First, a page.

Many medications require their users to stick strictly to the correct dosage schedule. When missing a dose isn't an option, the Internet of Things can help you remember.
Small companies have come up with various digital tools to help us manage our medication schedules, keeping the prescribed schedules on a central server. Internet-connected pill bottles can report when you take a pill, and light up warning signals when you forget. Some solutions even include a "refill" button right on the bottle cap, making it easy to call up your pharmacy when supply runs low.
The pill bottle may be the most visible part of this medication helper, but the real work is done by that server in the cloud.
Three ways the Internet of Things will blow your mind tomorrow
Self-driving cars are already a thing. Alphabet got the ball rolling, and now every car maker worth its salt is working on a self-driving solution. But the technology is still new and incomplete. Tomorrow's cars will be able to do much more than parallel parking and avoiding collisions, taking the wheel with no need for a human driver.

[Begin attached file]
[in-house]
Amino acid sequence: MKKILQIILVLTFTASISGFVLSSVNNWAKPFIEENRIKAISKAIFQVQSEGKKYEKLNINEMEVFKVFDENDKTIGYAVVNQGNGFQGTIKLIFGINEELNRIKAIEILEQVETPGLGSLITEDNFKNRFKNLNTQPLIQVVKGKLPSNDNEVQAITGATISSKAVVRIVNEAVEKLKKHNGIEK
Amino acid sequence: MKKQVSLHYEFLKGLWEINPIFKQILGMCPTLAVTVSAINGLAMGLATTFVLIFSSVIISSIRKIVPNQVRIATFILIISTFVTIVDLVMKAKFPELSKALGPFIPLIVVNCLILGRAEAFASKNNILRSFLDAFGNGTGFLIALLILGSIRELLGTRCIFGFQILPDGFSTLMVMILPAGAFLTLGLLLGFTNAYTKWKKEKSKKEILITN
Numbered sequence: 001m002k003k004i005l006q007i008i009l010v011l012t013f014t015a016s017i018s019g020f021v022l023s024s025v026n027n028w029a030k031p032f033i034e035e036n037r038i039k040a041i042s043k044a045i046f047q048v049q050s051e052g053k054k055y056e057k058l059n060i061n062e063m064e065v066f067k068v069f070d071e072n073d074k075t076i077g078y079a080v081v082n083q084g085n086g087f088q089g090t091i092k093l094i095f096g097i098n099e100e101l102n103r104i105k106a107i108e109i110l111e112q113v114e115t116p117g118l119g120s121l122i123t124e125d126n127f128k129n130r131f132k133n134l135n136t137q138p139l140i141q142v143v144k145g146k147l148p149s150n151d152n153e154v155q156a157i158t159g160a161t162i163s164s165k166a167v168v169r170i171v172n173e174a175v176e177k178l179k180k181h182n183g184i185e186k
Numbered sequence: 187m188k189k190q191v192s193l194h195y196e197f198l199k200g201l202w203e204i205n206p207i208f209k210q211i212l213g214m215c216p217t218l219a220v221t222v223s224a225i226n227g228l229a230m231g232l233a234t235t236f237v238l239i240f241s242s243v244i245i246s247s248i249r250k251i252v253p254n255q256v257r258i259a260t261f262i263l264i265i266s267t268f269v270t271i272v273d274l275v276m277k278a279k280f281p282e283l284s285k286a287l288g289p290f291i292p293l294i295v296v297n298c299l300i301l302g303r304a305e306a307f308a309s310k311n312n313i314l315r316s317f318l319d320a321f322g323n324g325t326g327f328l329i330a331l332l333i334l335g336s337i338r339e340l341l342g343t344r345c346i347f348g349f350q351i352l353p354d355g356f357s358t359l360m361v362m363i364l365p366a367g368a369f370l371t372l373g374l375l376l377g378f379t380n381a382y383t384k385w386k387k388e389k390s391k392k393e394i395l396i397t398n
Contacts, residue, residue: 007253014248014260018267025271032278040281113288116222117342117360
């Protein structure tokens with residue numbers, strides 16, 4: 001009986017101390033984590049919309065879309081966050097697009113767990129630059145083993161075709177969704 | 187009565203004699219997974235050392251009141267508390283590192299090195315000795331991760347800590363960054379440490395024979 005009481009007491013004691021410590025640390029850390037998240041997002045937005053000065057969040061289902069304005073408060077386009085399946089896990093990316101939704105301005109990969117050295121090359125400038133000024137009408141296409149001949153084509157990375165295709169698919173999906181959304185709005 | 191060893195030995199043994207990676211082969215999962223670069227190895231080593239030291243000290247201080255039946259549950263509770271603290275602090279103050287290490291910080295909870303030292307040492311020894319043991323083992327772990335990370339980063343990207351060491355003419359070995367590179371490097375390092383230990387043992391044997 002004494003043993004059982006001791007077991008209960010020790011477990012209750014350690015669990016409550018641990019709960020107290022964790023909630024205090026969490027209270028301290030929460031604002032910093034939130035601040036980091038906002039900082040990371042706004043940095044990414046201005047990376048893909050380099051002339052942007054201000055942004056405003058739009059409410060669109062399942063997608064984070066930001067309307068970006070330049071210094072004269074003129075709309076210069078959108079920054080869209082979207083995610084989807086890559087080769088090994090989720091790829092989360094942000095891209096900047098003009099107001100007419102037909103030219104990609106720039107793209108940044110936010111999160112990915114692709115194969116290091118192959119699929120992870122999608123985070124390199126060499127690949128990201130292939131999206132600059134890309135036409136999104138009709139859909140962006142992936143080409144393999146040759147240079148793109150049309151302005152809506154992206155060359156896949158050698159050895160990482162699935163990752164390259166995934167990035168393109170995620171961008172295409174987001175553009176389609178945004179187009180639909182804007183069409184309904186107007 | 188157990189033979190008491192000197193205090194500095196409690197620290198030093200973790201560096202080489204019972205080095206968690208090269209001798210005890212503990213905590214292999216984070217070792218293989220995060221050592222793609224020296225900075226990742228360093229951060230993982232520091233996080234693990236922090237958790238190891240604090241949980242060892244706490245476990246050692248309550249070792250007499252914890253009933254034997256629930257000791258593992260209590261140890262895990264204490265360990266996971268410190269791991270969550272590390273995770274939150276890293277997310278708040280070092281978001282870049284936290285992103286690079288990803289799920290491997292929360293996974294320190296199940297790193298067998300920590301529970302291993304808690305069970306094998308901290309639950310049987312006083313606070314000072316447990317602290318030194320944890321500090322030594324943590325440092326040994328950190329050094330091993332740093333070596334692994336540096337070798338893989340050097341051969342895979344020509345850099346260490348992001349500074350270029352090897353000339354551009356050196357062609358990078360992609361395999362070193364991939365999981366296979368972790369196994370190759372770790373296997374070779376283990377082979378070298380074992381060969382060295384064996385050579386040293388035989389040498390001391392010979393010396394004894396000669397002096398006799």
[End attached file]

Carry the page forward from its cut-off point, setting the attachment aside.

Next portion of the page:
No matter how advanced, no car-based system can do all of this on its own. The full-featured autonomous driving experience will rely on central systems tracking traffic, weather, and other environment data in real time. Some of the connected car systems you saw above already do some of this, but the data will get more complete and more up-to-date. Eventually, I expect IoT beacons to show up inside traffic signs, other landmarks, and maybe even the lane dividers painted to help the self-driving car get its job done safely.
All of this is still many years or even decades away, but it's coming, and will depend on IoT concepts in a big way. Driving will be very different in the future.
Google Glass was ahead of its time. The smart glasses of the future will add high-tech features to your everyday life without cramping your style. It's like having a voice-controlled smartphone on your face, ready to make a call or take a picture at a moment's notice.